Friday, December 02, 2005

Return of the Censor

From time to time there are significant and apparently increasing discrepancies between English-language and Russian-language newswire reports that emanate from the Russian Federation. This was obvious in the Interfax accounts of remarks by Polish Foreign Minister Stefan Meller, who visited Moscow for talks in the middle of last month, on November 14. While the Russian-language report - giving a more or less complete of Meller's Izvestia interview - talked frankly about the issues that still surround Katyn and their implication for Russian-Polish relations, the English-language report amounted to little more than an oblique precis of what Meller actually said. His remarks were also presented in selective fashion, and rearranged from their original sequence and out of their original context.

When asked about Katyn, Meller prefaced his remarks as follows:
- Чудовищные преступления в Катыни, Медном, Харькове оставили большую травму в душе польского народа. Эта большая травма стала уже частью коллективной памяти народа. Люди, расстрелянные Сталиным в Катыни, были цветом польского офицерства, цветом польской интеллигенции.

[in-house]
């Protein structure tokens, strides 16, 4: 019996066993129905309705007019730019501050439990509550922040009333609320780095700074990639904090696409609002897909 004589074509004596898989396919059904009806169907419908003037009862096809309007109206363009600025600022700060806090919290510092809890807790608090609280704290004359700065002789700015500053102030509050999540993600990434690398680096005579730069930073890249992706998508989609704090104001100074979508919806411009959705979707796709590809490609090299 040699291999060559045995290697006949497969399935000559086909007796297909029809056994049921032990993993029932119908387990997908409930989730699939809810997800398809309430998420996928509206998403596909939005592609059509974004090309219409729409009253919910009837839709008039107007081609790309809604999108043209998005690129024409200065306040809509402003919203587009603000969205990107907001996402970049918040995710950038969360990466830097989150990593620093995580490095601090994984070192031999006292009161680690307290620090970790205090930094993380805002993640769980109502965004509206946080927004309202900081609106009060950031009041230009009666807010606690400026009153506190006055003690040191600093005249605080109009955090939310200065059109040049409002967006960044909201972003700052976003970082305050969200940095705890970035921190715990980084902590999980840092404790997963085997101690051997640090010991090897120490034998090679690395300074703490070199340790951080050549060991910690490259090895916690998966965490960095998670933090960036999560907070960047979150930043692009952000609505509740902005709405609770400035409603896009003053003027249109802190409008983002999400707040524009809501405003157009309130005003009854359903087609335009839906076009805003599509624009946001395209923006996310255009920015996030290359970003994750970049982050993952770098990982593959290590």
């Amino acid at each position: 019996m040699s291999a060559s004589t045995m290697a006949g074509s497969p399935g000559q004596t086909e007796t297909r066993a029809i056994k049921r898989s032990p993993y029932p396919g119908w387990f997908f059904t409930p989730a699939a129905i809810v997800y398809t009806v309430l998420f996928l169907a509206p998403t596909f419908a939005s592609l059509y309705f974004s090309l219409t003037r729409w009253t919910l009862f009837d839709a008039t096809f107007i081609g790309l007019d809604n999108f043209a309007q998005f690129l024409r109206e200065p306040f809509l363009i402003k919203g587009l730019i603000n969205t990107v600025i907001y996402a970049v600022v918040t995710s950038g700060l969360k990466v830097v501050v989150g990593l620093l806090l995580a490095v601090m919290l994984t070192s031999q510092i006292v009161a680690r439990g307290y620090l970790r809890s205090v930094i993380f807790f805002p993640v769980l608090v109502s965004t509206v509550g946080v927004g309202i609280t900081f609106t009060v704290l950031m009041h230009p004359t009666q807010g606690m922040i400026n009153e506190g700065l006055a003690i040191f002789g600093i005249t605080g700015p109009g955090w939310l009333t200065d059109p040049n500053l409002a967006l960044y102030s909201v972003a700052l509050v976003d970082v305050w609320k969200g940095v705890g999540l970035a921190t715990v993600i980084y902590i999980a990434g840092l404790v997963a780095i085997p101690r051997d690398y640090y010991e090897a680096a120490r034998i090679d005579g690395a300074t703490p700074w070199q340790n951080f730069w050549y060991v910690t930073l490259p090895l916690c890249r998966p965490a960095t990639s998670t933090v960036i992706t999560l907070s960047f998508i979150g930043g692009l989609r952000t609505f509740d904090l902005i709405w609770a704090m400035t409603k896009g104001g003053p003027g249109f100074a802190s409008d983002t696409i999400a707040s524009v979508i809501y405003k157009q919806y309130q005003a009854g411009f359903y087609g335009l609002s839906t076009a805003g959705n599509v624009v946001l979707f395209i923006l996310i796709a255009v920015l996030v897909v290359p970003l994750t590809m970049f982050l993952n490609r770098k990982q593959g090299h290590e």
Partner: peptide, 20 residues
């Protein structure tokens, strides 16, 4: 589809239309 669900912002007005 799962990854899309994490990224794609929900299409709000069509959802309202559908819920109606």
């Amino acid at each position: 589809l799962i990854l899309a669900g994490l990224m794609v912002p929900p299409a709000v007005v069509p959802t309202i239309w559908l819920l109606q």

"The monstrous crimes in Katyn, Mednoye and Kharkov left a major trauma in the Polish nation's soul. This major trauma has by now become a part of the nation's collective memory. The people shot by Stalin at Katyn were the flower of the Polish officer corps, the flower of the Polish intelligentsia."
In the English-language version of the report, this paragraph is missing, and an extra paragraph, which was not in Meller's remarks, has been inserted:
Over 4,000 Polish officers detained by the Soviet Union in 1939 were shot in Katyn outside Smolensk in spring 1940. In 1990 Moscow admitted that the Soviet Union's secret police, the NKVD, were involved in the execution of the Polish officers.
Also last month, on a matter of internal censorship: Yabloko officials were were quoted by the Ekho Moskvy radio station as saying that the paper had edited a promotional text by them and had removed passages where the authors called the current Russian leadership “authoritarian and clannish”.

(via Marius)
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